Florida Gov. Ron DeSantis this week unveiled his immigration plan. It’s ugly and extreme, pushing cruel and deadly proposals that are a reflection of the Republican Party’s race to the bottom on immigration.
The recently passed DeSantis anti-immigrant law in Florida is already facing massive blowback from Florida communities ahead of its July 1 implementation date. His presidential plan is even more extreme as DeSantis pushes for an end to birthright citizenship, supports the indefinite detention of vulnerable migrant children by stomping on the crucial Flores ruling, and supports wasting more U.S. taxpayer dollars on the Trump administration’s stupid and expensive border wall. That wall, by the way, was so effective that smugglers have simply dug under it or cut through it with $100 saws – an act that DeSantis said should result in deadly vigilante violence, an even more chilling remark considering how his state’s “stand your ground” laws have led to Floridians shooting first, then asking questions later.
DeSantis’ rollout was explicit in its endorsement of white nationalist conspiracies, including displaying a “stop the invasion” banner at his event. As noted earlier, DeSantis was also explicit in calls for violence, “supportive of one audience member who suggested that the situation at the border constituted an ‘act of war,’” the Associated Press reported. ‘You’re going to see as president under Article 2 of the Constitution, you have a responsibility and a duty to protect the country,” he told the audience member. “We are going to do that and we are going to do that robustly.’”
The Florida Republican is just the latest to pick up the mantle in the GOP’s long descent into dangerous extremism on immigration policy, with former President Donald Trump already having called for an end to birthright citizenship several weeks ago. America’s Voice Political Director Zachary Mueller called it “a legally dubious proposal that attacks the Constitution and strikes the heart of the best American ideals.”
“125 years ago, Wong Kim Ark, born in San Francisco to Chinese immigrants, fought under the racist Chinese Exclusion Act to firmly establish that birthright citizenship is enshrined in the 14th Amendment,” he continued. “But Trump would have us return to 1857 of the Dred Scott decision, where citizenship was firmly locked by white supremacy.”
Stephen Miller, a white nationalist extremist who, as a White House aide, was behind family separation at the southern border and engineered efforts seeking to end the Deferred Action for Childhood Arrivals and Temporary Protected Status policies, had reportedly been planning a slew of immigration actions should Trump have won reelection in 2020. One of those proposals was an end to birthright citizenship. Even as hundreds of children remain torn from their parents due to the family separation policy, Trump last month also “refused to rule out reimplementing family separations at the southern border if elected president,” TIME reported.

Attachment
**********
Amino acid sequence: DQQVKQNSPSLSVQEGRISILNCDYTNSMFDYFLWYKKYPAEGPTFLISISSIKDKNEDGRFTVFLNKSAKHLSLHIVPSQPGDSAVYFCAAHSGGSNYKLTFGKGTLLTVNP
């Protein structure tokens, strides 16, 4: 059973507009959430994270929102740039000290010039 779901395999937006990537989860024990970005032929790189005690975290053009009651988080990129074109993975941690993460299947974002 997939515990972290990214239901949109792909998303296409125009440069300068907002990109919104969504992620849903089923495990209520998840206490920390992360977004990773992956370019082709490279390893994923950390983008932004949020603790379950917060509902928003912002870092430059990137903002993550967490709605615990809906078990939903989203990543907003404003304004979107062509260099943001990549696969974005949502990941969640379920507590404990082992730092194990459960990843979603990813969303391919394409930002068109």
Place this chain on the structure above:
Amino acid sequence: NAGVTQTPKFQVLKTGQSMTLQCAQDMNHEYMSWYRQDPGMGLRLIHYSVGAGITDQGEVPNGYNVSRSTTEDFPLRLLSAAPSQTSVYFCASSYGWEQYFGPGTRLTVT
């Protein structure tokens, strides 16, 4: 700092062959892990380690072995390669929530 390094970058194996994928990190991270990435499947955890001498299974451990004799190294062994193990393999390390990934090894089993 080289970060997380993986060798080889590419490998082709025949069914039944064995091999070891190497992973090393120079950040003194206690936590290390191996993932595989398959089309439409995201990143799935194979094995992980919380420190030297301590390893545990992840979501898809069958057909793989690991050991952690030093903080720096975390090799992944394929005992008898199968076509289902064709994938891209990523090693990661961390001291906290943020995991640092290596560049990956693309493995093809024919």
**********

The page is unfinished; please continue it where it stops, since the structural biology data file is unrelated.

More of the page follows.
“We have to save our country,” he said. “When you say to a family that if you come we’re going to break you up, they don’t come.” (Which, of course, is not true.)
Then there’s also the long-shot GOP candidates. Mike Pence has been portrayed by mainstream media as critical of Trump’s incitement of the Jan. 6 insurrection (a fairly low bar for someone who the mob called to be summarily executed), but on immigration, he stands by the old boss and has called for a return of several of his policies, including the inhumane Remain in Mexico policy ruled illegal by the federal courts, the failed anti-asylum Title 42 policy (which Pence helped force into place against the advice of public health experts), the banning of sanctuary cities to start mass deportations, and completion of the stupid and expensive border wall, Axios reports. “We know it works because it worked,” Pence claimed. “I was there, standing shoulder to shoulder with President Trump.” (Which, of course, is not true.)
The experts, by the way, said Title 42 actually increased crossings. “In fact, 1 in 3 apprehensions since Title 42 expulsions began have been of a person on at least their second attempt to cross the border,” American Immigration Council said last year. Pence had as Indiana governor also tried to ban the resettlement of Syrian refugees to his state. A conservative appeals court later ruled against his cruel action.